Eye and Vision Problems (Common Problems of Former Preemies)

Eye and Vision Problems

What are some of the more common eye problems of former preemies?

The most common eye problems to appear after discharge are:
  • Poor vision (either near sighted or far sighted)
  • Strabismus (inward or outward turning of one or both eyes)
  • Amblyopia (lazy eye due to unequal vision)
  • Nystagmus (constant or frequent jerking movements of the eye)
  • Decreased color vision (some colors look alike, for example purple,blue,green)
  • Smaller field of vision
Although the above listed problems are more common in infants who have had Retinopathy of Prematurity, they can occur in other preemies as well.
  • Hemangiomas are small networks of tiny blood vessels. They can appear anywhere on the skin and grow rapidly for several months. If they are on the eyelid or skin surrounding the eye, they may interfere with vision. Hemangiomas are more common in premature infants.
  • Former preemies can have eye problems common in all children, these include:
    • Conjunctivitis - inflamation or infection of the surface of the eye
    • Blocked tear duct

How will I know if my child has an eye problem?

If your child develops any of the following, bring these to the attention of your child's doctor. Your infant may need to see an ophthalmologist (eye doctor) very soon; s/he might have a serious vision problem.
  • Infant frequently pokes at his/her eye
  • Lazy eye, slow to move
  • Constant movement of eyes, even when trying to look at something
  • Frequent crossing of eyes, beyond three months of age correcting for prematurity
  • One eye that stays out or in most of the time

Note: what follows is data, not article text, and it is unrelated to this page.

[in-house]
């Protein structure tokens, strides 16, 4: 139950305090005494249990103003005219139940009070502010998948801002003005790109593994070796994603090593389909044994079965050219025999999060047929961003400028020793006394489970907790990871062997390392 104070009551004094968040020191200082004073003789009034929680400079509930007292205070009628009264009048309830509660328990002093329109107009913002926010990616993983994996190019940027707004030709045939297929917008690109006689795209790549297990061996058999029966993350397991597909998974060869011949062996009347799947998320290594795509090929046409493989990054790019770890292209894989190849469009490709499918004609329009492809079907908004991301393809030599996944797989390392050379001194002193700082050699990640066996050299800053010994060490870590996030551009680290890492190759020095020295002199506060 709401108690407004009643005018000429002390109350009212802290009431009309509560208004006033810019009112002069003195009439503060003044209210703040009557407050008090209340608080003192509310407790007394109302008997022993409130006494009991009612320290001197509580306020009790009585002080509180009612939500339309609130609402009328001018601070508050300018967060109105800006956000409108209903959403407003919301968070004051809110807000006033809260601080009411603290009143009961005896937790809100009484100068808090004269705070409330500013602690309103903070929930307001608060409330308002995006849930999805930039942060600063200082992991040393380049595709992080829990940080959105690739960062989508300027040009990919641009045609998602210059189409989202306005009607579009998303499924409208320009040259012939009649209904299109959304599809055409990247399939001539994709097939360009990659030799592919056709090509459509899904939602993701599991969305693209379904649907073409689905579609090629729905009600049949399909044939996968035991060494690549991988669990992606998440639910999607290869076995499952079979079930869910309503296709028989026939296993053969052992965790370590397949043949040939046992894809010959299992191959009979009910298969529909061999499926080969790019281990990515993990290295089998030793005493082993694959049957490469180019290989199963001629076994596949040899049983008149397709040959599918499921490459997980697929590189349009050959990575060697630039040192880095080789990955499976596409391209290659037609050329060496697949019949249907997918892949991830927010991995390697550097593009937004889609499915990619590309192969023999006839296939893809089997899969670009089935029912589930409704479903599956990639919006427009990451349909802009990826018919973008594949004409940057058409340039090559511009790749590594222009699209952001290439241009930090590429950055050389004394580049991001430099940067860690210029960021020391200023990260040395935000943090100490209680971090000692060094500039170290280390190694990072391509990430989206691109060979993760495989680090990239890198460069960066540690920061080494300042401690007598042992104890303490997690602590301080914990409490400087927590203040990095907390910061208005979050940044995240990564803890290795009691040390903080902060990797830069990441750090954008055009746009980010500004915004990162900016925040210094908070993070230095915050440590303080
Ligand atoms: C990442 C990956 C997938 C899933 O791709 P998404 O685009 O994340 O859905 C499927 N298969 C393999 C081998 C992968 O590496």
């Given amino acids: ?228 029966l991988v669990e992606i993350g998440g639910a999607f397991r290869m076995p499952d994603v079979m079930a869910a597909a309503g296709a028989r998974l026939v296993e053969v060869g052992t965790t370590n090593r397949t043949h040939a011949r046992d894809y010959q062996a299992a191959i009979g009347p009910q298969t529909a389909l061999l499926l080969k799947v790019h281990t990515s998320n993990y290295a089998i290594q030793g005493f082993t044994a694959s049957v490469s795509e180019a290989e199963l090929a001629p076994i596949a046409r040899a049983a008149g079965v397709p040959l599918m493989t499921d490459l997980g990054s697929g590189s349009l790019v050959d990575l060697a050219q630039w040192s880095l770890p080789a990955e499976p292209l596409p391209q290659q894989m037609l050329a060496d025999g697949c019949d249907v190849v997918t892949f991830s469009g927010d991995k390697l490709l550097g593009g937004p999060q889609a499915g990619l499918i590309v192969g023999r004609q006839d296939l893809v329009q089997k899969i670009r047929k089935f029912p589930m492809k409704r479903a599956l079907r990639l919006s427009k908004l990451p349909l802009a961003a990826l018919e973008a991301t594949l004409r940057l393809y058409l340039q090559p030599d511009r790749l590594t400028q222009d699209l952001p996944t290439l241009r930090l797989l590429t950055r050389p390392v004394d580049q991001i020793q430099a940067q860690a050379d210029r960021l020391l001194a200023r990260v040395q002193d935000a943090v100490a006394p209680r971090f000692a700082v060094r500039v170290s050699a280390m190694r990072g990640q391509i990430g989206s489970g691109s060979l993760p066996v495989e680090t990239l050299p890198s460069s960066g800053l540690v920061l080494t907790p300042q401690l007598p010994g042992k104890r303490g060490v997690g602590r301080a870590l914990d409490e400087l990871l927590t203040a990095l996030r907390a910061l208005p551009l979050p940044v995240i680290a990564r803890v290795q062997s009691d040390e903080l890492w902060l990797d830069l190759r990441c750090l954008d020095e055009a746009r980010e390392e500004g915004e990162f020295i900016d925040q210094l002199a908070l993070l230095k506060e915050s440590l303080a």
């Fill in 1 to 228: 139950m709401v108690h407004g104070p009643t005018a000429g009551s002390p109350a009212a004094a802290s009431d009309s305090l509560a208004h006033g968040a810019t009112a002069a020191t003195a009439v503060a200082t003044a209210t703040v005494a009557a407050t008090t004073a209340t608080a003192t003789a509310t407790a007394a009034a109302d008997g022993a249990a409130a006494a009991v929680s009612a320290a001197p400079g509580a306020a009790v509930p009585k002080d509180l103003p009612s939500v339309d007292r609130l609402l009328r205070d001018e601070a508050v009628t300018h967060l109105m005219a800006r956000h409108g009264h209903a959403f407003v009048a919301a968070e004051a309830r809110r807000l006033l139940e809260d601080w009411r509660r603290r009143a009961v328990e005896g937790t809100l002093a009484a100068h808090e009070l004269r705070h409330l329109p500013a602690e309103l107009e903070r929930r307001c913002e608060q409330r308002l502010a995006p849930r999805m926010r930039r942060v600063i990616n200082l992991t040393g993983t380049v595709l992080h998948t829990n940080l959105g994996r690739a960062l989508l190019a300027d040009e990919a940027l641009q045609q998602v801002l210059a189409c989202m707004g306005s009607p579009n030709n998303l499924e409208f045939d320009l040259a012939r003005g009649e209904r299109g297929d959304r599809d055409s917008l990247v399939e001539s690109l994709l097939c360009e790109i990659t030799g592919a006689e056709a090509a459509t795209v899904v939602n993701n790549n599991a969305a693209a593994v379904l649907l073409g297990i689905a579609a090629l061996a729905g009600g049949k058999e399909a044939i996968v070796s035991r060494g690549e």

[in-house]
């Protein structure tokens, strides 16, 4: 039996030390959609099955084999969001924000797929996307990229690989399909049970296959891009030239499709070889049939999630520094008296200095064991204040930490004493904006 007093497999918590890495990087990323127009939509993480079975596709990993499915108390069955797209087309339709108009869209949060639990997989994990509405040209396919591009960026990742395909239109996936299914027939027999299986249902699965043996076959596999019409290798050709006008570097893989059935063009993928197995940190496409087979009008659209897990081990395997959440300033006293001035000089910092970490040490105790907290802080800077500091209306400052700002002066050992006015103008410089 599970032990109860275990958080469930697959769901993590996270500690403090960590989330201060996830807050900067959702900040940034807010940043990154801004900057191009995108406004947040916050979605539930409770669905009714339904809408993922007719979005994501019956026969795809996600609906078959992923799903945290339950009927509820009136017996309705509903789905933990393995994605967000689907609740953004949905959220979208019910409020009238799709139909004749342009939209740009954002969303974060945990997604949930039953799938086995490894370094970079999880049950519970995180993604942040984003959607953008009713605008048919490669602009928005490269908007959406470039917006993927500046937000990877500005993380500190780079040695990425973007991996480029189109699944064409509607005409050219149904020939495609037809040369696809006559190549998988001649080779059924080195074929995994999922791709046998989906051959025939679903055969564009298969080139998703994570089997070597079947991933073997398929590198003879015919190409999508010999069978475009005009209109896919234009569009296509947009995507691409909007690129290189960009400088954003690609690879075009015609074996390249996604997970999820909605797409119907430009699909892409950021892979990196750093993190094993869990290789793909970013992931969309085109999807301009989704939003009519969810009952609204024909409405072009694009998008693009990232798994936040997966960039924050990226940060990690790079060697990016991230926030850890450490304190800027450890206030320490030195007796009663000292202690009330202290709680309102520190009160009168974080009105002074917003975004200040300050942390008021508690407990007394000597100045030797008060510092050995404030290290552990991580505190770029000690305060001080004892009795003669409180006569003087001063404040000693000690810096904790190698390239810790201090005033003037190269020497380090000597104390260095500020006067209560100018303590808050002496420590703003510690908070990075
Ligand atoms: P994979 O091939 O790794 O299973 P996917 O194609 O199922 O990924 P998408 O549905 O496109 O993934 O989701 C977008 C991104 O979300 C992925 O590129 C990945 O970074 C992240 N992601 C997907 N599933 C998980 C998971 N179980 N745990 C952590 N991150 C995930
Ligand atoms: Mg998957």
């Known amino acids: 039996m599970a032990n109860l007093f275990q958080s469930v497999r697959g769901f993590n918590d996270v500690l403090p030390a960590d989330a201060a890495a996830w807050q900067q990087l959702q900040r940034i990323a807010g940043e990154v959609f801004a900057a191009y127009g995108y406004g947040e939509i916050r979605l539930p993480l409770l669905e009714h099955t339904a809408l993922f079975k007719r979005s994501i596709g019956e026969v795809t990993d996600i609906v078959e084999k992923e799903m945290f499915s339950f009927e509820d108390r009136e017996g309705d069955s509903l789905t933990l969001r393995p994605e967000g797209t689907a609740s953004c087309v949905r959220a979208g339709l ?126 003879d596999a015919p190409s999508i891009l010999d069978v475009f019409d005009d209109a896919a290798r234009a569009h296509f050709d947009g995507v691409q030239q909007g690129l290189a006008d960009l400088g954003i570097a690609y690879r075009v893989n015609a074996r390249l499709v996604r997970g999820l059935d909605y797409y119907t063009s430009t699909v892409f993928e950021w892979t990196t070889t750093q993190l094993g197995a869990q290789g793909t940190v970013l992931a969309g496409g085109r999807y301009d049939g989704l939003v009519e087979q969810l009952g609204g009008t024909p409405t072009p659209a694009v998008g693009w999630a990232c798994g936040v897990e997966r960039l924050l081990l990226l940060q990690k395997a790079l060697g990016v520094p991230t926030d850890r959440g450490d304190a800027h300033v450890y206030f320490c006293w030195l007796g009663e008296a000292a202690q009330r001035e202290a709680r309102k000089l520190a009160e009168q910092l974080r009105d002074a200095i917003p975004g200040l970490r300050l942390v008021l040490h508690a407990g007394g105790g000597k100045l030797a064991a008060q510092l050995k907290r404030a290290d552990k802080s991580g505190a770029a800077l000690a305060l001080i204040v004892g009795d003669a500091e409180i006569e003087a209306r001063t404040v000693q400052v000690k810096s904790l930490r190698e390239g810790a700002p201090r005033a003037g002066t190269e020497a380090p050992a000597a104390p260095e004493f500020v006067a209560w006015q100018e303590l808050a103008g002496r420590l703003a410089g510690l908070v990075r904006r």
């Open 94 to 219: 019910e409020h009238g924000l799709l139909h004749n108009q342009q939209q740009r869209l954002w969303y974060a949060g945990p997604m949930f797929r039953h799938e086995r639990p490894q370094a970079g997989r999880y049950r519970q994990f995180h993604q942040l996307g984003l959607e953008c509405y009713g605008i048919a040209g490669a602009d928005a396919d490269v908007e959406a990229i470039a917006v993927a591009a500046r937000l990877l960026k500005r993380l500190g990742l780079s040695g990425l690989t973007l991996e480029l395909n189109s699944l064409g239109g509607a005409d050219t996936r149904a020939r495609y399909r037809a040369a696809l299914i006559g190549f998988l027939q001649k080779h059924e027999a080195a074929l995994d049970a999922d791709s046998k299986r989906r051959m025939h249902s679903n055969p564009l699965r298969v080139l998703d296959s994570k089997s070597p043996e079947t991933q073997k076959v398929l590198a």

• Frequent or constant jerking of eyes especially when looking straight ahead. A few jerks when looking to the far left or far right is normal.
  • The infant fails to blink to a camera flash just in front of the face
  • The surface of the eye or the pupil (black circle in the center of the eye) appears cloudy or white
  • In a photo, the center of one eye appears red while the other eye does not
  • Abnormal head turn or head tilt
  • The infant (beyond 6 weeks of age correcting for the weeks of prematurity) cannot fix his/her eyes on an object or a face, or follow it as it moves
  • The infant's eyelid droops so much that it completely covers the pupil (black center) of the eye when he/she is awake
  • Normal lighting seems to hurt the baby's eyes and make him/her cry or turn away
Common problems can often be handled by your baby's regular doctor. These include:
  • Frequent tearing (blocked tear duct)
  • Redness to the eyes with cloudy or yellow drainage (may indicate a conjunctivitis or infection on the surface of the eye)
If you have a question about your baby's sight or think your child may not see well, call your baby's physician or an eye doctor.

It is important to keep any eye appointment that was arranged at your baby's discharge, even if you do not think there is an eye problem.

How are eye problems treated?

Infants who have poor vision can be fitted with glasses. If the correction of vision would require very heavy or thick lens, soft contact lens may be prescribed. Other conditions, such as wondering eye and crossed eye, are treated with patching of one eye to encourage the use of the other eye. Early treatment is important for best visual outcome later on.

Why is early treatment so important?

When infants see much better out of one eye, or if using both eyes causes double vision, they will gradually stop using (seeing out of) the weaker eye. Visual pathways are still being established in the first few months and years of life. Making and keeping these connections requires regular use of the eye. If a child "blocks out" vision in one eye during this critical period in eye development, these connections are not established and cannot be made at a later age. Sight from two eyes is necessary for determining what is close and far away (depth perception). Poor vision may slow mental development and physical progress in many areas such as recognition of objects, learning symbols such as letters or pictures, and motor activities such as walking or climbing.